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Junction tree and belief propagation algorithms

Project description

junction-tree

Implementation of discrete factor graph inference utilizing the Junction Tree algorithm

Requirements

  • Python3 (>= 3.5.5), NumPy (>= 1.13.3), SciPy (>= 1.1), attrs (>=17.4)

Factor graphs:

A factor graph is given as a list of variables that indicate which variables are in the factor.

[vars1, ..., varsN]  # a list of N factors

The index in the list can be used as an ID for the factor, that is, the first factor in the list has ID 0 and the last factor has ID N-1.

A companion list (of numpy arrays) of the same length as the factor list is provided as a representation for the factor values

[values1, ..., valuesN]

Also, the size of each of the M variables is given as a dictionary:

{
    var1: size1,
    ...
    varM: sizeM
}

Here, size is an integer representing the size of the variable. It is the same as the length of the corresponding axis in the numeric array.

Generic trees (recursive definition)

[index, vars, child_tree1, ..., child_treeN]

Junction trees

tree structure (composed of node indices found in node list):
[
    index,
    (
        separator1_index,
        child_tree1
    ),
    ...,
    (
        separatorN_index,
        child_treeN
    )
]
node list (elements are list of variables which define node):
[node0_vars, node1_vars,...,nodeN_vars]

maxcliques and separators are both types of nodes

Potentials in (junction) trees

A list of arrays. The node IDs in the tree graphs map to the arrays in this data structure in order to get the numeric arrays in the execution phase. The numeric arrays are not needed in the compilation phase.

Usage

Junction Tree construction

Starting with the definition of a factor graph

(Example taken from http://mensxmachina.org/files/software/demos/jtreedemo.html)

import junctiontree.beliefpropagation as bp
import junctiontree.junctiontree as jt
import numpy as np

var_sizes = {
                    "cloudy": 2,
                    "sprinkler": 2,
                    "rain": 2,
                    "wet_grass": 2
                }

factors = [
            ["cloudy"],
            ["cloudy", "sprinkler"],
            ["cloudy", "rain"],
            ["rain", "sprinkler", "wet_grass"]
]

values = [
            np.array([0.5,0.5]),
            np.array(
                        [
                            [0.5,0.5],
                            [0.9,0.1]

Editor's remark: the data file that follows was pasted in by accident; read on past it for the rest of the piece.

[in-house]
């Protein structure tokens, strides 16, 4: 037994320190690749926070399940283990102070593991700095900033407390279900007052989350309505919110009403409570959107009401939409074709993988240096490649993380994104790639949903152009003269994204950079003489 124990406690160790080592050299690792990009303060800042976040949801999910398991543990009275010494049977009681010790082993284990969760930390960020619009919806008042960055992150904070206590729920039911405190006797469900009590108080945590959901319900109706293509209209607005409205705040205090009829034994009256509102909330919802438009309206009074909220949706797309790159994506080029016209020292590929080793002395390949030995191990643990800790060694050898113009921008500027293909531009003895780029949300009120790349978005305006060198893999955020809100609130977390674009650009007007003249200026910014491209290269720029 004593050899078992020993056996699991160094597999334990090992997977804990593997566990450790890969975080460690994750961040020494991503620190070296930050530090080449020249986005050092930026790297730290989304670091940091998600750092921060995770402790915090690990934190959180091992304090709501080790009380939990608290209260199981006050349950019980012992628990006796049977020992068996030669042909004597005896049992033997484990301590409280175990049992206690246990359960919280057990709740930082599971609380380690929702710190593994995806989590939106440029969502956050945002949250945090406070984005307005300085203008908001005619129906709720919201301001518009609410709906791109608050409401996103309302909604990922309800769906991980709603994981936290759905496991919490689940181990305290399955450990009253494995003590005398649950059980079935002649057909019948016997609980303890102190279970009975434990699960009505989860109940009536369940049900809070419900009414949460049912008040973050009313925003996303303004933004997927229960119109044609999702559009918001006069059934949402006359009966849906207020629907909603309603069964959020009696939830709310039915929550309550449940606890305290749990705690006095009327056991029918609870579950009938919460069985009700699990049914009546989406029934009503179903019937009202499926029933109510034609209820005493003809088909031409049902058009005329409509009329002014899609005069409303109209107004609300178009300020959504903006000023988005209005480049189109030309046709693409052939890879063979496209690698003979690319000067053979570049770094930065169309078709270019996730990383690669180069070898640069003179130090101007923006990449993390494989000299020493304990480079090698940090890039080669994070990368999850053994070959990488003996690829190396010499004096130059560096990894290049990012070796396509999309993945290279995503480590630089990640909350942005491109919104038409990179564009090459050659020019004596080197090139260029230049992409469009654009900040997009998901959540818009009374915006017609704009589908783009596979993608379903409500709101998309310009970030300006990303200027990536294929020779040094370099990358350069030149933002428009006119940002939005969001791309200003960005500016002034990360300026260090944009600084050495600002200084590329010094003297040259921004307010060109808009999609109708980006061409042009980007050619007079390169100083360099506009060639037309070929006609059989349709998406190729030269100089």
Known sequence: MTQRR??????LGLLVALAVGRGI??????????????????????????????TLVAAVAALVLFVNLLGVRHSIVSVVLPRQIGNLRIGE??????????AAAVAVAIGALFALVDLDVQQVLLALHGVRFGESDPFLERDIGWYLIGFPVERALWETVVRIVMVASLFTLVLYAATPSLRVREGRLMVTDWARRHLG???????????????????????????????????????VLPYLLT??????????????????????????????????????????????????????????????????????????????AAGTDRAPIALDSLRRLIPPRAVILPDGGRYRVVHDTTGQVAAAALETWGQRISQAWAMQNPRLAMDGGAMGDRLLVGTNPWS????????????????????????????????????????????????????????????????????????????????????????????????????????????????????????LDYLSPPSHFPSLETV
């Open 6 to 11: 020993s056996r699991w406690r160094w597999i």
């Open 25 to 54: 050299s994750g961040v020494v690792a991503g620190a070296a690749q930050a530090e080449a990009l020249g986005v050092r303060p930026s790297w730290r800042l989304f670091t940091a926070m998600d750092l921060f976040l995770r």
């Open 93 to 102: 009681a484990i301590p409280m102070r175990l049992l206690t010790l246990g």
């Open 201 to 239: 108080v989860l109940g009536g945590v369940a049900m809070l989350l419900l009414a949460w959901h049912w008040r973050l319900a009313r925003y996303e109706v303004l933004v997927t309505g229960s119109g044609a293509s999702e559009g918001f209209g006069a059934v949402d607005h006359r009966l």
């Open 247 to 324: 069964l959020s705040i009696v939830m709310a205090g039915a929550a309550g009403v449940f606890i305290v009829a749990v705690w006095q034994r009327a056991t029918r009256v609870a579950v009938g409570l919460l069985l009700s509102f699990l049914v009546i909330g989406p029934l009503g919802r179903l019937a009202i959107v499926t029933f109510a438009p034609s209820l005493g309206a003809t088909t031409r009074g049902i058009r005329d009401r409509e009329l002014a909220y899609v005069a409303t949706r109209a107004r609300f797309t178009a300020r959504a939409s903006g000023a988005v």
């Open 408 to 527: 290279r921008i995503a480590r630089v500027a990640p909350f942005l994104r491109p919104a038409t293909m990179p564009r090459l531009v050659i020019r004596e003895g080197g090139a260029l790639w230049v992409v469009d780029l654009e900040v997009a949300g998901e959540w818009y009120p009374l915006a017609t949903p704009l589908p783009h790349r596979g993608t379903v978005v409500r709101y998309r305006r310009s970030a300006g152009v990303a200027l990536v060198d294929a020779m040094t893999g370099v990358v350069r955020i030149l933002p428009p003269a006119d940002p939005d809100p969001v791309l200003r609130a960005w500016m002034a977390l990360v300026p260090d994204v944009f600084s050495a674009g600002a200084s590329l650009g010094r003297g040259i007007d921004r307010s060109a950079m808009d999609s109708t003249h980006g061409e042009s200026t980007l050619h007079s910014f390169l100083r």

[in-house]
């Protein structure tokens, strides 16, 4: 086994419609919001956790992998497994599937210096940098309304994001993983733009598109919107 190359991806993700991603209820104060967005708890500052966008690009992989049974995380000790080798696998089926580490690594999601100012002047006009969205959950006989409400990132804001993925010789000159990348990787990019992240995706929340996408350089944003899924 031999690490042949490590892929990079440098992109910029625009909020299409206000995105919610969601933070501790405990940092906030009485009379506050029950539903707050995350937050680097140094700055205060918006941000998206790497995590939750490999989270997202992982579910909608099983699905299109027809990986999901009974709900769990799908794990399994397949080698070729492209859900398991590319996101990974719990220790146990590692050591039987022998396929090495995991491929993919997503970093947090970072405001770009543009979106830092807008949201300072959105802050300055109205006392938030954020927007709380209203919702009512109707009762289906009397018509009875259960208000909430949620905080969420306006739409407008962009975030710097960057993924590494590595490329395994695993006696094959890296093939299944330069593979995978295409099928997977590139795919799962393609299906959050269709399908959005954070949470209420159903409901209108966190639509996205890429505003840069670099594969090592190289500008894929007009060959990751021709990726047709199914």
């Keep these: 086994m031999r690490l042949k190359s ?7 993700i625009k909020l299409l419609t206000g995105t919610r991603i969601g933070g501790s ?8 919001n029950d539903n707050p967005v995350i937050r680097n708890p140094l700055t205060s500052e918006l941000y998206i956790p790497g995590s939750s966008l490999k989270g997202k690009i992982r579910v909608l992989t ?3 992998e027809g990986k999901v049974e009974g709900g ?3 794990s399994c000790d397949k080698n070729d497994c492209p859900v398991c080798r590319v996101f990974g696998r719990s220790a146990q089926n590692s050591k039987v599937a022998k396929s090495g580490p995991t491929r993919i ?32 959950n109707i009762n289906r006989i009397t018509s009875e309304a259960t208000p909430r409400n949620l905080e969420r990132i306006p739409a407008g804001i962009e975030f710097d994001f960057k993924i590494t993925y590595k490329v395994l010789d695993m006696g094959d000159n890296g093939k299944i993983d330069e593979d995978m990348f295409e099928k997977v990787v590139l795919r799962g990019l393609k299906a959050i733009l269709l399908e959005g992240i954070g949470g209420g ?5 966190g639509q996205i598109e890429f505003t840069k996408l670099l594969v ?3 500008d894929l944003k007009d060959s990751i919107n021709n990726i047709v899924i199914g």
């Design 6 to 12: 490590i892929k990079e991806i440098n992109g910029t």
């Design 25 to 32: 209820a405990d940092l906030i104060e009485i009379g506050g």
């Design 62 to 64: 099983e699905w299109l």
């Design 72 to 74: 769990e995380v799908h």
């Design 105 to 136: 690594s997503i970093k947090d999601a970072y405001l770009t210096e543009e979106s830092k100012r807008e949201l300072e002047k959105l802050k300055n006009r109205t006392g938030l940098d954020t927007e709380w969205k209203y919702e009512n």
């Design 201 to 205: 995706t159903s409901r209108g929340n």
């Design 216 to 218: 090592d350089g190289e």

]
                    ),
            np.array(
                        [
                            [0.8,0.2],
                            [0.2,0.8]
                        ]
                    ),
            np.array(
                        [
                            [
                                [1,0],
                                [0.1,0.9]
                            ],
                            [
                                [0.1,0.9],
                                [0.01,0.99]
                            ]
                        ]
            )
]

tree = jt.create_junction_tree(factors, var_sizes)

Global Propagation

The initial clique potentials are inconsistent. The potentials are made consistent through global propagation on the junction tree

prop_values = tree.propagate(values)

Observing Data

Alternatively, clique potentials can be made consistent after observing data for the variables in the junction tree

# Update the size of observed variable
cond_sizes = var_sizes.copy()
cond_sizes["wet_grass"] = 1
cond_tree = jt.create_junction_tree(factors, cond_sizes)

# Then, also similarly the values:
cond_values = values.copy()
# remove axis corresponding to "wet_grass" == 0
cond_values[3] = cond_values[3][:,:,1:2]

# Perform global propagation using conditioned values
prop_values =  tree.propagate(cond_values)

Marginalization

From a collection of consistent clique potentials, the marginal value of variables of interest can be calculated

# Pr(sprinkler|wet_grass = 1)
marginal = np.sum(prop_values[1], axis=0)

# The probabilities are unnormalized but we can calculate the normalized values:
norm_marginal = marginal/np.sum(marginal)

References

  • S. M. Aji and R. J. McEliece, "The generalized distributive law," in IEEE Transactions on Information Theory, vol. 46, no. 2, pp. 325-343, Mar 2000. doi: 10.1109/18.825794

  • Cecil Huang, Adnan Darwiche, Inference in belief networks: A procedural guide, International Journal of Approximate Reasoning, Volume 15, Issue 3, 1996, Pages 225-263, ISSN 0888-613X, http://dx.doi.org/10.1016/S0888-613X(96)00069-2.

  • F. R. Kschischang, B. J. Frey and H. A. Loeliger, "Factor graphs and the sum-product algorithm," in IEEE Transactions on Information Theory, vol. 47, no. 2, pp. 498-519, Feb 2001. doi: 10.1109/18.910572

  • Kjærulff, Uffe. 1997. Nested junction trees. In Proceedings of the Thirteenth conference on Uncertainty in artificial intelligence (UAI’97). Morgan Kaufmann Publishers Inc., San Francisco, CA, USA, 294–301.

Other Python Junction Tree Implementations

  • symfer - a tool suite, written mostly in Python, for performing probabilistic inference

  • bayesian-belief-networks - a library for the creation of and exact inference on Bayesian Belief Networks specified as pure Python functions

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